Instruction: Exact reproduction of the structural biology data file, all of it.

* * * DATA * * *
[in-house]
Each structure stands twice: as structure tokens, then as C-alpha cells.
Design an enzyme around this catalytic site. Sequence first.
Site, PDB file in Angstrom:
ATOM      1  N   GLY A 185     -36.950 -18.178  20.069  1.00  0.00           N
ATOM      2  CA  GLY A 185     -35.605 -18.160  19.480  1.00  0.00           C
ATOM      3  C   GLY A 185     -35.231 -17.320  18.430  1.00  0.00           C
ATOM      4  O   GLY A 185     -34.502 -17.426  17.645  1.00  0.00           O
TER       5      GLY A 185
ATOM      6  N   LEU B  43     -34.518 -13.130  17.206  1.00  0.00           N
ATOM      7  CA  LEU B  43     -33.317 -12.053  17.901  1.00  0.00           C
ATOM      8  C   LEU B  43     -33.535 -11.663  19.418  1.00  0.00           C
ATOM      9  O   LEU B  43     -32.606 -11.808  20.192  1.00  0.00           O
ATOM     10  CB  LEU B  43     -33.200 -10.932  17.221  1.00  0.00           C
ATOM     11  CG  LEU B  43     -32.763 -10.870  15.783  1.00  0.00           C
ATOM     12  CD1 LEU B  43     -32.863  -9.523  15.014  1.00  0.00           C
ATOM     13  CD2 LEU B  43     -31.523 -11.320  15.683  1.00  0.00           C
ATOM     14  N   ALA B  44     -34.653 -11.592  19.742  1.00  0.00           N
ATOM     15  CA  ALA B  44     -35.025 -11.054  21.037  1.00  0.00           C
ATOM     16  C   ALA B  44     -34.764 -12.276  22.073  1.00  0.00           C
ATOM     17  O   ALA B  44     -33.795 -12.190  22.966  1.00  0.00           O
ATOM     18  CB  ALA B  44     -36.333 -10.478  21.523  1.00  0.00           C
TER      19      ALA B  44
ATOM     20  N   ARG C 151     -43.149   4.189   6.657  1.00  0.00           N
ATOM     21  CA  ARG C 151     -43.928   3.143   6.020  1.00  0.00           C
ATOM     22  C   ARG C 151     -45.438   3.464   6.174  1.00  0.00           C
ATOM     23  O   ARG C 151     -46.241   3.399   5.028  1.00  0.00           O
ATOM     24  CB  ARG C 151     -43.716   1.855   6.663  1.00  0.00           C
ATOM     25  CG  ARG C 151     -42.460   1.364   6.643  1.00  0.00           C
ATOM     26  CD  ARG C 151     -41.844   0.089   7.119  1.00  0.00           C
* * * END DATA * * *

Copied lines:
[in-house]
Each structure stands twice: as structure tokens, then as C-alpha cells.
Design an enzyme around this catalytic site. Sequence first.
Site, PDB file in Angstrom:
ATOM      1  N   GLY A 185     -36.950 -18.178  20.069  1.00  0.00           N
ATOM      2  CA  GLY A 185     -35.605 -18.160  19.480  1.00  0.00           C
ATOM      3  C   GLY A 185     -35.231 -17.320  18.430  1.00  0.00           C
ATOM      4  O   GLY A 185     -34.502 -17.426  17.645  1.00  0.00           O
TER       5      GLY A 185
ATOM      6  N   LEU B  43     -34.518 -13.130  17.206  1.00  0.00           N
ATOM      7  CA  LEU B  43     -33.317 -12.053  17.901  1.00  0.00           C
ATOM      8  C   LEU B  43     -33.535 -11.663  19.418  1.00  0.00           C
ATOM      9  O   LEU B  43     -32.606 -11.808  20.192  1.00  0.00           O
ATOM     10  CB  LEU B  43     -33.200 -10.932  17.221  1.00  0.00           C
ATOM     11  CG  LEU B  43     -32.763 -10.870  15.783  1.00  0.00           C
ATOM     12  CD1 LEU B  43     -32.863  -9.523  15.014  1.00  0.00           C
ATOM     13  CD2 LEU B  43     -31.523 -11.320  15.683  1.00  0.00           C
ATOM     14  N   ALA B  44     -34.653 -11.592  19.742  1.00  0.00           N
ATOM     15  CA  ALA B  44     -35.025 -11.054  21.037  1.00  0.00           C
ATOM     16  C   ALA B  44     -34.764 -12.276  22.073  1.00  0.00           C
ATOM     17  O   ALA B  44     -33.795 -12.190  22.966  1.00  0.00           O
ATOM     18  CB  ALA B  44     -36.333 -10.478  21.523  1.00  0.00           C
TER      19      ALA B  44
ATOM     20  N   ARG C 151     -43.149   4.189   6.657  1.00  0.00           N
ATOM     21  CA  ARG C 151     -43.928   3.143   6.020  1.00  0.00           C
ATOM     22  C   ARG C 151     -45.438   3.464   6.174  1.00  0.00           C
ATOM     23  O   ARG C 151     -46.241   3.399   5.028  1.00  0.00           O
ATOM     24  CB  ARG C 151     -43.716   1.855   6.663  1.00  0.00           C
ATOM     25  CG  ARG C 151     -42.460   1.364   6.643  1.00  0.00           C
ATOM     26  CD  ARG C 151     -41.844   0.089   7.119  1.00  0.00           C